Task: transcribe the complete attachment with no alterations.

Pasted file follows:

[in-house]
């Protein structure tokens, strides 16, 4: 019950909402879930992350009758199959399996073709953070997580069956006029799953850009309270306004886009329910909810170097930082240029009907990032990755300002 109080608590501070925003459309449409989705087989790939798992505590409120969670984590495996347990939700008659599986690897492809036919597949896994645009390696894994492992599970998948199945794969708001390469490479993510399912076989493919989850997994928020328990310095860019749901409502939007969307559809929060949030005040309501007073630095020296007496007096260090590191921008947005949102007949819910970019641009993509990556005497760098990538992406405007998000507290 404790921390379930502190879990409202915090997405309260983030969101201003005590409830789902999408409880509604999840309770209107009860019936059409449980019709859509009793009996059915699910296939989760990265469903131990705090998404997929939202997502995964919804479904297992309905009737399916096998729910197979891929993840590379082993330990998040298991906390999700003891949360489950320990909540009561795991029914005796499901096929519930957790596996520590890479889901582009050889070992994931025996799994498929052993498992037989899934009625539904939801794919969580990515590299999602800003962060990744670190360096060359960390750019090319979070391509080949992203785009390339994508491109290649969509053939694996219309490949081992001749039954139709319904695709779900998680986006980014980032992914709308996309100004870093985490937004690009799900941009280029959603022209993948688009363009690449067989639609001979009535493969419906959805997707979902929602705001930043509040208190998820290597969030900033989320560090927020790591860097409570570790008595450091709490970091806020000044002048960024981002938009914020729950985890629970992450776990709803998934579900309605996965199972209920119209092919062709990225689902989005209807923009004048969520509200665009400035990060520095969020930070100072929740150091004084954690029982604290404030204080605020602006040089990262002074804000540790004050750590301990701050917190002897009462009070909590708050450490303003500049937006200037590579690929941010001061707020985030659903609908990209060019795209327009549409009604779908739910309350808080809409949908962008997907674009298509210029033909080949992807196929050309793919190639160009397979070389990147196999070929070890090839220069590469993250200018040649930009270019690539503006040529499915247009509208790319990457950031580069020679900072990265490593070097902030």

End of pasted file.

[in-house]
């Protein structure tokens, strides 16, 4: 019950909402879930992350009758199959399996073709953070997580069956006029799953850009309270306004886009329910909810170097930082240029009907990032990755300002 109080608590501070925003459309449409989705087989790939798992505590409120969670984590495996347990939700008659599986690897492809036919597949896994645009390696894994492992599970998948199945794969708001390469490479993510399912076989493919989850997994928020328990310095860019749901409502939007969307559809929060949030005040309501007073630095020296007496007096260090590191921008947005949102007949819910970019641009993509990556005497760098990538992406405007998000507290 404790921390379930502190879990409202915090997405309260983030969101201003005590409830789902999408409880509604999840309770209107009860019936059409449980019709859509009793009996059915699910296939989760990265469903131990705090998404997929939202997502995964919804479904297992309905009737399916096998729910197979891929993840590379082993330990998040298991906390999700003891949360489950320990909540009561795991029914005796499901096929519930957790596996520590890479889901582009050889070992994931025996799994498929052993498992037989899934009625539904939801794919969580990515590299999602800003962060990744670190360096060359960390750019090319979070391509080949992203785009390339994508491109290649969509053939694996219309490949081992001749039954139709319904695709779900998680986006980014980032992914709308996309100004870093985490937004690009799900941009280029959603022209993948688009363009690449067989639609001979009535493969419906959805997707979902929602705001930043509040208190998820290597969030900033989320560090927020790591860097409570570790008595450091709490970091806020000044002048960024981002938009914020729950985890629970992450776990709803998934579900309605996965199972209920119209092919062709990225689902989005209807923009004048969520509200665009400035990060520095969020930070100072929740150091004084954690029982604290404030204080605020602006040089990262002074804000540790004050750590301990701050917190002897009462009070909590708050450490303003500049937006200037590579690929941010001061707020985030659903609908990209060019795209327009549409009604779908739910309350808080809409949908962008997907674009298509210029033909080949992807196929050309793919190639160009397979070389990147196999070929070890090839220069590469993250200018040649930009270019690539503006040529499915247009509208790319990457950031580069020679900072990265490593070097902030």